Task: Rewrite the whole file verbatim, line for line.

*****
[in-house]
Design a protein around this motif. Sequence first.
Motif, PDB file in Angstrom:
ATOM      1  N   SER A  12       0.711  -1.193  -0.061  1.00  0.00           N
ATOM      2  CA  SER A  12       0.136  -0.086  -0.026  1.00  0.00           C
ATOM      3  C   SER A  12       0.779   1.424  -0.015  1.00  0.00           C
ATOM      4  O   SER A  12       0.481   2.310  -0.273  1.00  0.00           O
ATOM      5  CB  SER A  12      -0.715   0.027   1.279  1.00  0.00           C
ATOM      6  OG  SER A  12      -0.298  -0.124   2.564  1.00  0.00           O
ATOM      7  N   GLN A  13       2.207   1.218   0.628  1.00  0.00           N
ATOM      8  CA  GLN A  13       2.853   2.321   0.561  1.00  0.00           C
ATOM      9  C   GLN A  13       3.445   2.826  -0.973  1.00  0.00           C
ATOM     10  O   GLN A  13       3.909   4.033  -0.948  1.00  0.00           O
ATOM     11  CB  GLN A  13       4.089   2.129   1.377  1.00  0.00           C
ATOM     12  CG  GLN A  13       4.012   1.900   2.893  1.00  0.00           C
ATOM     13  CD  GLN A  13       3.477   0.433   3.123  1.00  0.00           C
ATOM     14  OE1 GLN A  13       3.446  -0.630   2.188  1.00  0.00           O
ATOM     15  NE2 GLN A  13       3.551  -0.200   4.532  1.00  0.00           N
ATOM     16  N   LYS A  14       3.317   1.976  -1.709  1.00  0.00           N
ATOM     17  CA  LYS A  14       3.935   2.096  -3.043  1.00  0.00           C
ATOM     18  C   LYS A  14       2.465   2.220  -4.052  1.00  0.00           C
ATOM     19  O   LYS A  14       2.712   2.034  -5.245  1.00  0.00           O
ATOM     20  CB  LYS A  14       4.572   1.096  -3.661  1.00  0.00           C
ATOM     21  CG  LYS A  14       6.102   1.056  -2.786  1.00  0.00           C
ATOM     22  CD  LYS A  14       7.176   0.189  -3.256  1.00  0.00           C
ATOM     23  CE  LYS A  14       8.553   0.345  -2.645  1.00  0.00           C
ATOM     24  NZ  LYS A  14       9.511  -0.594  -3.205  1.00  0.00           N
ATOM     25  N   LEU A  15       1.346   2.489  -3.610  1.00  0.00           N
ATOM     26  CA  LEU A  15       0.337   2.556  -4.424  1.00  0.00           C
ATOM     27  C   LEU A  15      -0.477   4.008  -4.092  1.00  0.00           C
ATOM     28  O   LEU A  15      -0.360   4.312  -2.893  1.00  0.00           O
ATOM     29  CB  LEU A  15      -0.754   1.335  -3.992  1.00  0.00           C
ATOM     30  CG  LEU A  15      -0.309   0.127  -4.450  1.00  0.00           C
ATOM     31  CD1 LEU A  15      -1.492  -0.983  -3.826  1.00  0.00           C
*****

[in-house]
Design a protein around this motif. Sequence first.
Motif, PDB file in Angstrom:
ATOM      1  N   SER A  12       0.711  -1.193  -0.061  1.00  0.00           N
ATOM      2  CA  SER A  12       0.136  -0.086  -0.026  1.00  0.00           C
ATOM      3  C   SER A  12       0.779   1.424  -0.015  1.00  0.00           C
ATOM      4  O   SER A  12       0.481   2.310  -0.273  1.00  0.00           O
ATOM      5  CB  SER A  12      -0.715   0.027   1.279  1.00  0.00           C
ATOM      6  OG  SER A  12      -0.298  -0.124   2.564  1.00  0.00           O
ATOM      7  N   GLN A  13       2.207   1.218   0.628  1.00  0.00           N
ATOM      8  CA  GLN A  13       2.853   2.321   0.561  1.00  0.00           C
ATOM      9  C   GLN A  13       3.445   2.826  -0.973  1.00  0.00           C
ATOM     10  O   GLN A  13       3.909   4.033  -0.948  1.00  0.00           O
ATOM     11  CB  GLN A  13       4.089   2.129   1.377  1.00  0.00           C
ATOM     12  CG  GLN A  13       4.012   1.900   2.893  1.00  0.00           C
ATOM     13  CD  GLN A  13       3.477   0.433   3.123  1.00  0.00           C
ATOM     14  OE1 GLN A  13       3.446  -0.630   2.188  1.00  0.00           O
ATOM     15  NE2 GLN A  13       3.551  -0.200   4.532  1.00  0.00           N
ATOM     16  N   LYS A  14       3.317   1.976  -1.709  1.00  0.00           N
ATOM     17  CA  LYS A  14       3.935   2.096  -3.043  1.00  0.00           C
ATOM     18  C   LYS A  14       2.465   2.220  -4.052  1.00  0.00           C
ATOM     19  O   LYS A  14       2.712   2.034  -5.245  1.00  0.00           O
ATOM     20  CB  LYS A  14       4.572   1.096  -3.661  1.00  0.00           C
ATOM     21  CG  LYS A  14       6.102   1.056  -2.786  1.00  0.00           C
ATOM     22  CD  LYS A  14       7.176   0.189  -3.256  1.00  0.00           C
ATOM     23  CE  LYS A  14       8.553   0.345  -2.645  1.00  0.00           C
ATOM     24  NZ  LYS A  14       9.511  -0.594  -3.205  1.00  0.00           N
ATOM     25  N   LEU A  15       1.346   2.489  -3.610  1.00  0.00           N
ATOM     26  CA  LEU A  15       0.337   2.556  -4.424  1.00  0.00           C
ATOM     27  C   LEU A  15      -0.477   4.008  -4.092  1.00  0.00           C
ATOM     28  O   LEU A  15      -0.360   4.312  -2.893  1.00  0.00           O
ATOM     29  CB  LEU A  15      -0.754   1.335  -3.992  1.00  0.00           C
ATOM     30  CG  LEU A  15      -0.309   0.127  -4.450  1.00  0.00           C
ATOM     31  CD1 LEU A  15      -1.492  -0.983  -3.826  1.00  0.00           C